But those pieces are still more than strong enough to hold your interest. Every actor, no matter how big or small the role, draws you in, with Cooper of course being at the center. It’s made very clear that Carlisle has a rough past, but you really have to read into the little glimpses and certain choice words of his. But it’s not like The Power of the Dog where it feels like all you’re getting is that vague mystery. The performance and writing are fascinating enough to hook you in and entice you to read more deeply into the character’s every word and action. You see how he’s trying to exude power over others but is veering dangerously closer to getting in over his head, where he spreads harm to others as well as inflicting it onto himself. People who treat other people as pawns are often themselves pawns of their own demons and fears. The final few minutes of Nightmare Alley make for one of the most poetic, devastatingly cruel culminations of a character arc of the past few years, and they really cement what a dark descent Carlisle has trapped himself in.
I also just love the examination of mentalism in general. I love exploring the ins and outs of how it works and feeling the risk involved no matter how brilliant a mind is practicing it, and del Toro constructs multiple scenes and setups that take full advantage of this.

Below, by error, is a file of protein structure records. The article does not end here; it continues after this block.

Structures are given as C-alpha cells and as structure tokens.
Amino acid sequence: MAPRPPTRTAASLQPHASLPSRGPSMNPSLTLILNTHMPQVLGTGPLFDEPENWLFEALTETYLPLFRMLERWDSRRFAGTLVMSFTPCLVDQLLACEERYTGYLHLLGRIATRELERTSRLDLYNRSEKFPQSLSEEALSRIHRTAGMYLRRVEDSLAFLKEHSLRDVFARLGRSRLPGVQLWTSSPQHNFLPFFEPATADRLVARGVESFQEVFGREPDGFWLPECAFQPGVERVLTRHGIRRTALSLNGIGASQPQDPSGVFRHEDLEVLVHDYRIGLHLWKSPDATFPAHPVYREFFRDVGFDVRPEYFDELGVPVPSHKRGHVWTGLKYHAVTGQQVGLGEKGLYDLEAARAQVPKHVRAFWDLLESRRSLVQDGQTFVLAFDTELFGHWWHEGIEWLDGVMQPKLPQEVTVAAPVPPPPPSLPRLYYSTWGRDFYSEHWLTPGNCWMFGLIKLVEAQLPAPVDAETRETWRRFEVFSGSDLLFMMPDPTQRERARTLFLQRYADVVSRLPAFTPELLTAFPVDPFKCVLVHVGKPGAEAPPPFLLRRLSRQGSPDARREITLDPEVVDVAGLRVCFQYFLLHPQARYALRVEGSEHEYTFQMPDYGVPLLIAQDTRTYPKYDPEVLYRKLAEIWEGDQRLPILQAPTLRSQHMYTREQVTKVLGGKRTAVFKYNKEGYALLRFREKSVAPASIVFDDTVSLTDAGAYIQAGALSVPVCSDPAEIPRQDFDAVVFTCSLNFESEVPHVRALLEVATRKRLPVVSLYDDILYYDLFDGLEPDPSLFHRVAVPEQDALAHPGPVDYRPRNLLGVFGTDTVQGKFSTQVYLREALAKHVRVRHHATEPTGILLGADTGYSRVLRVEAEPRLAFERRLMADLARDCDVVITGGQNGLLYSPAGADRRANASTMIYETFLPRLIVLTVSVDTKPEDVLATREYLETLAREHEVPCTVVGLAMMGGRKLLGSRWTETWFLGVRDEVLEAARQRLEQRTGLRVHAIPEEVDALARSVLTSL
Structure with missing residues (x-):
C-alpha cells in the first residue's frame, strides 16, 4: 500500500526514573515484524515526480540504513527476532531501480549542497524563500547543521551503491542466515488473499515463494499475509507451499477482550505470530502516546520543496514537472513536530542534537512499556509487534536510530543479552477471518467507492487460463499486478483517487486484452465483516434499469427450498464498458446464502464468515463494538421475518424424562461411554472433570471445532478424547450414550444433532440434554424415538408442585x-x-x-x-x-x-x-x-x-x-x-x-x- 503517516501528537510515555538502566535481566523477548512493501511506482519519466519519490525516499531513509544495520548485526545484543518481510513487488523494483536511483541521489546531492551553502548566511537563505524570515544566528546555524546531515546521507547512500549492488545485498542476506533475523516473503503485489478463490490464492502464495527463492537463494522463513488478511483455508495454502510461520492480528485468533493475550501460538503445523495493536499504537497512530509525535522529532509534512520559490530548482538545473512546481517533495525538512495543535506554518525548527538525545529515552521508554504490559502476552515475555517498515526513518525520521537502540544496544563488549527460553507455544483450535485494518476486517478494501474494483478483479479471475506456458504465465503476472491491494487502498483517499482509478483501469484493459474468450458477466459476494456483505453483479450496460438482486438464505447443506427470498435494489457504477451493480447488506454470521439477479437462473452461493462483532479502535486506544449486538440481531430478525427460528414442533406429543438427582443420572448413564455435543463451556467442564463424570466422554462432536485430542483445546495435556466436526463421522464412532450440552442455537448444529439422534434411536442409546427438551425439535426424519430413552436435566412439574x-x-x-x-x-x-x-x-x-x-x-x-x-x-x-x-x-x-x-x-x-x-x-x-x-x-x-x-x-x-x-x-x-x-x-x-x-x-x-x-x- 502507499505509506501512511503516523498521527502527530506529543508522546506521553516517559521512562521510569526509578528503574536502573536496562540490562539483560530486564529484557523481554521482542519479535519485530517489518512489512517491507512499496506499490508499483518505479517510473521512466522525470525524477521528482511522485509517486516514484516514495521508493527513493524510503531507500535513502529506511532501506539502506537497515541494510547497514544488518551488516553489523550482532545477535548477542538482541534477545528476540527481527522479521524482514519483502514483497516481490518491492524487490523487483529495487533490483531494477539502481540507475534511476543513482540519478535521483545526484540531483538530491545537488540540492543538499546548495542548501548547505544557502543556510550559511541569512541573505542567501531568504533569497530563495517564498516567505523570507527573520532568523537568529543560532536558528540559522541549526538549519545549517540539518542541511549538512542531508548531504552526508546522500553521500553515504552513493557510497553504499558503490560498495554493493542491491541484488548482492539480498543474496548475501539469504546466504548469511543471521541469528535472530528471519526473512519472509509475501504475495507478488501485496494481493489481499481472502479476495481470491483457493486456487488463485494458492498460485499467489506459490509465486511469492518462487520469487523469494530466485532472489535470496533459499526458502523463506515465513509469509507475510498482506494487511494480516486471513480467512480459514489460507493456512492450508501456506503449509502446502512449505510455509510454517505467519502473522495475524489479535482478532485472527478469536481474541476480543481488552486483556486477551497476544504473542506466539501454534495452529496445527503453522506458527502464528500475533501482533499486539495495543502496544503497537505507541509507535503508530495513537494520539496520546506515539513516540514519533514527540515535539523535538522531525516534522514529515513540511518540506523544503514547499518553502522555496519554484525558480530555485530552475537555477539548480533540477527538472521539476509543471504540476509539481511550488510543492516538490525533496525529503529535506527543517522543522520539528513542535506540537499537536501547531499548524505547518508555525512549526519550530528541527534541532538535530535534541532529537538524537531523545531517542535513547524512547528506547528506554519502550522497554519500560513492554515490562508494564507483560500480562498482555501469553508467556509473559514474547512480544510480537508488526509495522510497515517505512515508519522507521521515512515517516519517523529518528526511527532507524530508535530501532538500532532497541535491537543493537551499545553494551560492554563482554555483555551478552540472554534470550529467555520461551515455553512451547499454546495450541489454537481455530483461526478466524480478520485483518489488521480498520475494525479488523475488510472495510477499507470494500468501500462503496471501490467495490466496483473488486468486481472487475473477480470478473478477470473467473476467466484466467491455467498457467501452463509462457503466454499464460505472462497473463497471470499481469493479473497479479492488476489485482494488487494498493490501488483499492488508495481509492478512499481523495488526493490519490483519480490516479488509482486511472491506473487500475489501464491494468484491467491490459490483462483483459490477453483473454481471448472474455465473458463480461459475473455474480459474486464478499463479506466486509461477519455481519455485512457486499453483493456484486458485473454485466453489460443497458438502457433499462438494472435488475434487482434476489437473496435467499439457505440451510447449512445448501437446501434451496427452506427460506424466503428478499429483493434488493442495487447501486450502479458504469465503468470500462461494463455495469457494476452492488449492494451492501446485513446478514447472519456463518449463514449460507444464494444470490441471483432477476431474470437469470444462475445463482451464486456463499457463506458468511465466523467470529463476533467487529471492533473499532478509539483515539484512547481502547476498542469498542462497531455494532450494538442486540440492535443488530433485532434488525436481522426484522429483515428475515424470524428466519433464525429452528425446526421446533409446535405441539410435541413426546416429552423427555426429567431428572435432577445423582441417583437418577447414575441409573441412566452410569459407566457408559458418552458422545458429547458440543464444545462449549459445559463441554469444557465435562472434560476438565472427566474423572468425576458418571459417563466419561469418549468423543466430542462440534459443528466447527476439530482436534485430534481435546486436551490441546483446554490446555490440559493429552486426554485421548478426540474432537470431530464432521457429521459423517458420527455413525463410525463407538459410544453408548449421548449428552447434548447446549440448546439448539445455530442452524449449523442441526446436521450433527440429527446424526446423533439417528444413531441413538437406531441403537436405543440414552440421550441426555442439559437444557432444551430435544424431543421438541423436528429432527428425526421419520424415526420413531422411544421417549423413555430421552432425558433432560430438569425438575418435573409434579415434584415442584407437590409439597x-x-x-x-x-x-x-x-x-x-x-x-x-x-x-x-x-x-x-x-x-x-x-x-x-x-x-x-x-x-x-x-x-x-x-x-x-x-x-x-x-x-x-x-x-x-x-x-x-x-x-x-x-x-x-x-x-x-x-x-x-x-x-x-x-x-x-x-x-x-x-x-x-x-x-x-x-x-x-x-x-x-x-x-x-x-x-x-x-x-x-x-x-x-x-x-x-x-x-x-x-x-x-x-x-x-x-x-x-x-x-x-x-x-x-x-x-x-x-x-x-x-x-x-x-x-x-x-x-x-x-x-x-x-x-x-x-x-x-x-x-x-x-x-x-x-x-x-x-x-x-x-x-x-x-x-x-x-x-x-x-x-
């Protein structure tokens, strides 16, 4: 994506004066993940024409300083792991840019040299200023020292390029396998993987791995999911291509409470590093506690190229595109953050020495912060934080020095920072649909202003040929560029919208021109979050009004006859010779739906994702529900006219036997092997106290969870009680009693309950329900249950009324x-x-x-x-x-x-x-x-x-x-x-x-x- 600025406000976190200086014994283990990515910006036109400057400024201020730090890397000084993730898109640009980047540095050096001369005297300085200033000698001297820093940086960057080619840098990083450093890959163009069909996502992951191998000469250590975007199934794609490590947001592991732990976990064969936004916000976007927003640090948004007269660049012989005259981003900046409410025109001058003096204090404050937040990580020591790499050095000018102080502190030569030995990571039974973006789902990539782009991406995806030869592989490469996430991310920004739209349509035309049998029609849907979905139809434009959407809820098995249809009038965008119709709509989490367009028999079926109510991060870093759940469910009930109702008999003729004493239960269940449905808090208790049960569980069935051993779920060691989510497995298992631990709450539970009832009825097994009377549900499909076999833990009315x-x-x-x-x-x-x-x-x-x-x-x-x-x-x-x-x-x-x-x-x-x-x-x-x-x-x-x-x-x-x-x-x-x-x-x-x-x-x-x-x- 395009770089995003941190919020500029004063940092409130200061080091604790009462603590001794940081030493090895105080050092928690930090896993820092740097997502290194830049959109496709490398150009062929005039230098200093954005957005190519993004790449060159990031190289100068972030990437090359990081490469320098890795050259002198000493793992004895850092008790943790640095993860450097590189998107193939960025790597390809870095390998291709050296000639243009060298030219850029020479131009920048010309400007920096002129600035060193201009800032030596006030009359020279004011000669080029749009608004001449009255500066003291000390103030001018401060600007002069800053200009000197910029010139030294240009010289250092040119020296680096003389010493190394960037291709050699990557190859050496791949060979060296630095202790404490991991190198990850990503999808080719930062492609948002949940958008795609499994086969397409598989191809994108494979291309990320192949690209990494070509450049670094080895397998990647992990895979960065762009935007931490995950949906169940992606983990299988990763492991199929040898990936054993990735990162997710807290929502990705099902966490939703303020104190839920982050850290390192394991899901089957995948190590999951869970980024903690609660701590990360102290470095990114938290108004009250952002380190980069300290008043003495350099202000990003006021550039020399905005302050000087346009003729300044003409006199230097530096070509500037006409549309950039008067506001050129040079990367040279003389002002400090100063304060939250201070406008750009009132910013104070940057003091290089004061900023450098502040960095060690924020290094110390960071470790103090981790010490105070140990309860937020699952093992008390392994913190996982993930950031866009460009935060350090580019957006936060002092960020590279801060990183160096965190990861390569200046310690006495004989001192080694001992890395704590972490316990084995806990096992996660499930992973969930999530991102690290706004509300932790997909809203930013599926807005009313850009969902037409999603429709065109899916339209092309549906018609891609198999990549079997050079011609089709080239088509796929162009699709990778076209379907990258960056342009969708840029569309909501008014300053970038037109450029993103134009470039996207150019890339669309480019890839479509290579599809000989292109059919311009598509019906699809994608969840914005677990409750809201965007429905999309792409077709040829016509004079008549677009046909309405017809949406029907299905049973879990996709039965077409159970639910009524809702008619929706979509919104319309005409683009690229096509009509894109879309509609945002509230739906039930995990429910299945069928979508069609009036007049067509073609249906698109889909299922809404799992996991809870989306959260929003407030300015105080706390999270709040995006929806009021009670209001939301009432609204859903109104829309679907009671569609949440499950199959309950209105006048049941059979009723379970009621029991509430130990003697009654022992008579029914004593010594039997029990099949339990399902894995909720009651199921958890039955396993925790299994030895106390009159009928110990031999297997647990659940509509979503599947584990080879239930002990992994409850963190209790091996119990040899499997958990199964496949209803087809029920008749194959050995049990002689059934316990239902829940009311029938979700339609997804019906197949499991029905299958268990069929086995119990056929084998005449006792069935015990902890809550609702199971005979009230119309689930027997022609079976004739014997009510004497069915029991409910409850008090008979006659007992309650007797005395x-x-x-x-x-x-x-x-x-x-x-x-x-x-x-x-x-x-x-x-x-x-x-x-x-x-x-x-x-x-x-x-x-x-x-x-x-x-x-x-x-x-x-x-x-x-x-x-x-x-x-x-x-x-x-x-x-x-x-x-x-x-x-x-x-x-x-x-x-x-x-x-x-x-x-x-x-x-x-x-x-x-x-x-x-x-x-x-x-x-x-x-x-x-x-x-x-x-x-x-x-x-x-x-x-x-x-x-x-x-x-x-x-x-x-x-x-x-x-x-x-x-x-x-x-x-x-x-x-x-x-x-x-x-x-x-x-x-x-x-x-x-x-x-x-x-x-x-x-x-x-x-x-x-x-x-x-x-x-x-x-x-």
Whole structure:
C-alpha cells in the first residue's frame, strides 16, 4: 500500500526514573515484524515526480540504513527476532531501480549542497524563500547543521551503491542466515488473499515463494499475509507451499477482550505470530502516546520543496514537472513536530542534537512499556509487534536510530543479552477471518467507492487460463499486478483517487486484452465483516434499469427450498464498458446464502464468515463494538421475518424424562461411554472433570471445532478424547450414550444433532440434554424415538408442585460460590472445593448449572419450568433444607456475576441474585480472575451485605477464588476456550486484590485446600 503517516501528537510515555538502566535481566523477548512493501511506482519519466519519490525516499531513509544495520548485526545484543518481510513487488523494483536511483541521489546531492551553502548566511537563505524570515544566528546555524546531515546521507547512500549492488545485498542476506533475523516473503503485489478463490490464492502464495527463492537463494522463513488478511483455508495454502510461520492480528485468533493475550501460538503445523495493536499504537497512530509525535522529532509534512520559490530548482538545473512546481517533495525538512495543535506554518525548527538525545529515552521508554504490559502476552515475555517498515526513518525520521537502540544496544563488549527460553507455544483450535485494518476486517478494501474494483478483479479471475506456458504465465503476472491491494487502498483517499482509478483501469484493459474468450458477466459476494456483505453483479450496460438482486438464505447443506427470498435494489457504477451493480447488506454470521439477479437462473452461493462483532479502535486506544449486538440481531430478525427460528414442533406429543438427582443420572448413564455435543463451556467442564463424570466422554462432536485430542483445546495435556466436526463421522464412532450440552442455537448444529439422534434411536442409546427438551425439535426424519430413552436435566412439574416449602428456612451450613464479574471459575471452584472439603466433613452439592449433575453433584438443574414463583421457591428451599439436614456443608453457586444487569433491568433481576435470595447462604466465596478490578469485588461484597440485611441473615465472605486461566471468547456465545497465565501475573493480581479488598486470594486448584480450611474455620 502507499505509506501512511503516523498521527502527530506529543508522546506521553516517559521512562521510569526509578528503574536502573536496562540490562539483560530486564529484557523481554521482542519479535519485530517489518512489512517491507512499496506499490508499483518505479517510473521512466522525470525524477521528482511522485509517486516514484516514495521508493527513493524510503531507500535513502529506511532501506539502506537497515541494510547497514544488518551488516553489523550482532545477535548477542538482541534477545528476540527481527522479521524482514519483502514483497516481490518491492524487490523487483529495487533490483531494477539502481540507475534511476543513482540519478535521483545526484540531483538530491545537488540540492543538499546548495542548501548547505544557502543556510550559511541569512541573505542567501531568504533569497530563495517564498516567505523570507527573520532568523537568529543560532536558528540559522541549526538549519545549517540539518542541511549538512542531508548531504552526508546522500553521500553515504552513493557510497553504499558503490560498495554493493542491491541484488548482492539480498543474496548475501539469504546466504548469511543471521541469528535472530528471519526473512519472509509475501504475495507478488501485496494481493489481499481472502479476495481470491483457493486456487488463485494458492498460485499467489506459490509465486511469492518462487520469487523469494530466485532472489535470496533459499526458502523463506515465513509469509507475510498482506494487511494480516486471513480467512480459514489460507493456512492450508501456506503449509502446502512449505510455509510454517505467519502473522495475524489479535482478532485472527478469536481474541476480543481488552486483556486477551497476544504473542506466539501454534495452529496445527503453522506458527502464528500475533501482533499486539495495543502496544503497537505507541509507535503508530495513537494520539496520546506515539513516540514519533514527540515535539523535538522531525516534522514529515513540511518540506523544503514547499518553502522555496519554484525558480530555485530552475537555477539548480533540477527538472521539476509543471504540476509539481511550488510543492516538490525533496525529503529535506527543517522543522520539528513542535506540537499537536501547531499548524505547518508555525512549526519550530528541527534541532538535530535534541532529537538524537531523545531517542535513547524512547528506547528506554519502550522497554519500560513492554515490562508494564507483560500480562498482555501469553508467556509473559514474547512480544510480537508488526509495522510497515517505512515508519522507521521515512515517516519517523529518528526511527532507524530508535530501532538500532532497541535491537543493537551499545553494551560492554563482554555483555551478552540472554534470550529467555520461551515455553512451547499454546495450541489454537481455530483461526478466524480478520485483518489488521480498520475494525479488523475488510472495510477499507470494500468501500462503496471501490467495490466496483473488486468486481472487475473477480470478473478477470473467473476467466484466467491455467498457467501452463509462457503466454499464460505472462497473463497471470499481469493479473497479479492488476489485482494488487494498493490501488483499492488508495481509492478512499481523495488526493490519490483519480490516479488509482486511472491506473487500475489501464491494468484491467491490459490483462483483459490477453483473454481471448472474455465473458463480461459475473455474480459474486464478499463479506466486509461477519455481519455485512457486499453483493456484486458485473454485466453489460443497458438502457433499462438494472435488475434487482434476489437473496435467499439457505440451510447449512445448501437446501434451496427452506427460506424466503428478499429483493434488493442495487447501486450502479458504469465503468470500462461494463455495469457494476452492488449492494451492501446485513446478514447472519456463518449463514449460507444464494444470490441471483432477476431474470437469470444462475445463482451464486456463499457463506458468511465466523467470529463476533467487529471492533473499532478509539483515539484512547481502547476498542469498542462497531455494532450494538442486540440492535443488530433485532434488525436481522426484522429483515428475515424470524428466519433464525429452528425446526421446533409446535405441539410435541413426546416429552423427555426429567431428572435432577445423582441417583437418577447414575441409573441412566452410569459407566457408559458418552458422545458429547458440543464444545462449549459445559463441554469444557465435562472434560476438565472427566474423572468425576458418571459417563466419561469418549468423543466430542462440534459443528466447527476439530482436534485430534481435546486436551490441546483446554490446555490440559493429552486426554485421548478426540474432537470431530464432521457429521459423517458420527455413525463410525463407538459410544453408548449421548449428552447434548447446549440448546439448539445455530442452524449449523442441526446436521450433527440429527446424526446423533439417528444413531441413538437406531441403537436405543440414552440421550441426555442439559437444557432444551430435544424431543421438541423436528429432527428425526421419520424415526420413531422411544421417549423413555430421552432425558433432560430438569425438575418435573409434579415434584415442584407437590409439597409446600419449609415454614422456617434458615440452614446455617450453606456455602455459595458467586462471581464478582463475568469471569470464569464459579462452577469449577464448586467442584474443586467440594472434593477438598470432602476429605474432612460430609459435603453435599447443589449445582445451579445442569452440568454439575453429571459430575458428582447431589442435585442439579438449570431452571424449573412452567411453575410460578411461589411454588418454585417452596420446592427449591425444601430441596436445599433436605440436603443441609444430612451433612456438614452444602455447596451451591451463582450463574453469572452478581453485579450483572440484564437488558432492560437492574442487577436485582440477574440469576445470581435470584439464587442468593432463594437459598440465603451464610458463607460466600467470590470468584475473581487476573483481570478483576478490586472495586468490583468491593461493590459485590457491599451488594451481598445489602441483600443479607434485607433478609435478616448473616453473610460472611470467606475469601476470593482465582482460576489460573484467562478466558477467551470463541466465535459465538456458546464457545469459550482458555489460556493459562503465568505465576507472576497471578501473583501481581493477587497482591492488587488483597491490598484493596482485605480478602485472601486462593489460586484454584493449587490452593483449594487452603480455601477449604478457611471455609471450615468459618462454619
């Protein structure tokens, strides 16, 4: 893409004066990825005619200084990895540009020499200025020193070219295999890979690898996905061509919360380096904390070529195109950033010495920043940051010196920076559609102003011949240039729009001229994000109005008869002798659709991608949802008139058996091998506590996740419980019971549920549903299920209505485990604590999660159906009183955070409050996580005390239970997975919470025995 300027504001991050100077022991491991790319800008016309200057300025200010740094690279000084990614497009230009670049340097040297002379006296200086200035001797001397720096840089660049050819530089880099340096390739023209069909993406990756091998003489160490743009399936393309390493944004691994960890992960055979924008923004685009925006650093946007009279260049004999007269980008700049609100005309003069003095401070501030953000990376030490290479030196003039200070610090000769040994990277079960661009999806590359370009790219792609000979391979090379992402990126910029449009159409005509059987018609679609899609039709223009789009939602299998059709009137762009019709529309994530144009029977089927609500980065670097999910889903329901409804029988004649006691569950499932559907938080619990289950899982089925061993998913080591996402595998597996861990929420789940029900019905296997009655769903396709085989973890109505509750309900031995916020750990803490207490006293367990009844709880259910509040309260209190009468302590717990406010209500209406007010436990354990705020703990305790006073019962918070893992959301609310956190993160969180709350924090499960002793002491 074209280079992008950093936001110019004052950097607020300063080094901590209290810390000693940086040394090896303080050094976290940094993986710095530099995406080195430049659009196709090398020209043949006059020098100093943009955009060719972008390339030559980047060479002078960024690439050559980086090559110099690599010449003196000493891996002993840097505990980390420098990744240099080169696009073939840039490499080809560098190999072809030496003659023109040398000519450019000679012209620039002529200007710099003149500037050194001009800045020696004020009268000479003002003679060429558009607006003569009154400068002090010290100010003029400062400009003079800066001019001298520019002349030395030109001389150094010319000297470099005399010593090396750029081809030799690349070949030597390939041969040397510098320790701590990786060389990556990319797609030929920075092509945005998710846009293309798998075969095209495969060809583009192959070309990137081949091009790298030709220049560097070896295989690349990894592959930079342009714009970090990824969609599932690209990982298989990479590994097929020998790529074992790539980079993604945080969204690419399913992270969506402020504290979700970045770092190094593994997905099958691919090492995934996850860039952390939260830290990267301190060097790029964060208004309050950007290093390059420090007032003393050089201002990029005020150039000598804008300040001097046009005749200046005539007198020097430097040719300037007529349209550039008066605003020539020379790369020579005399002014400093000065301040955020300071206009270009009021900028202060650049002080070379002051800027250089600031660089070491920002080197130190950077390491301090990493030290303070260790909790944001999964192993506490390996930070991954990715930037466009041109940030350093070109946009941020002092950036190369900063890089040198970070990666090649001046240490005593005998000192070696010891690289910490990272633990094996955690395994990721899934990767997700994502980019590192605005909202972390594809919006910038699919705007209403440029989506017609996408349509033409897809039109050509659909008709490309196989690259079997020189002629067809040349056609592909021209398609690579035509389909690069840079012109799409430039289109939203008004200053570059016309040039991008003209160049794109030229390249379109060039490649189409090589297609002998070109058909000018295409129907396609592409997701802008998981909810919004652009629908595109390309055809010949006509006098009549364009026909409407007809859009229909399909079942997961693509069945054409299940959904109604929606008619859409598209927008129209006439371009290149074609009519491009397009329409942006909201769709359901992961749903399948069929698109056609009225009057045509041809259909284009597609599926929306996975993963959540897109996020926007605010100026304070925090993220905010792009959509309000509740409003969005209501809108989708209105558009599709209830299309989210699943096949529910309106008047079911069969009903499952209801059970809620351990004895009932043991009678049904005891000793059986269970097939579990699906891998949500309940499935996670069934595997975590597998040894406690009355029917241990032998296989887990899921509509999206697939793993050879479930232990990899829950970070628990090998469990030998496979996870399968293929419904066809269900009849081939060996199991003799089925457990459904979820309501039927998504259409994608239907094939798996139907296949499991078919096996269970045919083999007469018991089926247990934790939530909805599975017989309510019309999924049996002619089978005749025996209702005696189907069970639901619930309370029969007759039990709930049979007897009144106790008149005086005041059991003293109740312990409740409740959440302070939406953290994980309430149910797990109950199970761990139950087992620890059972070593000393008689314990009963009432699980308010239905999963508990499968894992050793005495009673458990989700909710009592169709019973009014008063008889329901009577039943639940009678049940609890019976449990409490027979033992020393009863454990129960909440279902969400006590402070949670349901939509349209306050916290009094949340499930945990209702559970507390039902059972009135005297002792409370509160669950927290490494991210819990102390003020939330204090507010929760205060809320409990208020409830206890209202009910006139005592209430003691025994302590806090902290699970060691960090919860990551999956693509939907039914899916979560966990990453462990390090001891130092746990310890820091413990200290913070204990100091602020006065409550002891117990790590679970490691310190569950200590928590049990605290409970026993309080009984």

Willem Dafoe and Toni Collette are outstanding in their roles, though they mostly disappear once we leave the carnival, which is another reason I was disappointed by us leaving there so soon. Thankfully that’s not an issue with Blanchett, who steals every second of screen time she has (and when you’re acting opposite Bradley Cooper, that’s saying a lot). My next favorite performance is Richard Jenkins as Ezra Grindle, Carlisle’s ultimate target for his endgame scam. He’s yet another character that constantly has you wondering what you’re supposed to feel for him, slowly revealing himself more and more until a deeply disturbing reveal that, again, gives you just enough information to come to your own twisted conclusions. Nightmare Alley is interesting in that, when you look at the story as a whole, it seems pretty standard. But the way it’s executed always keeps you on your toes, paranoid for when and how everything is going to collapse in on itself and how these people will react to that.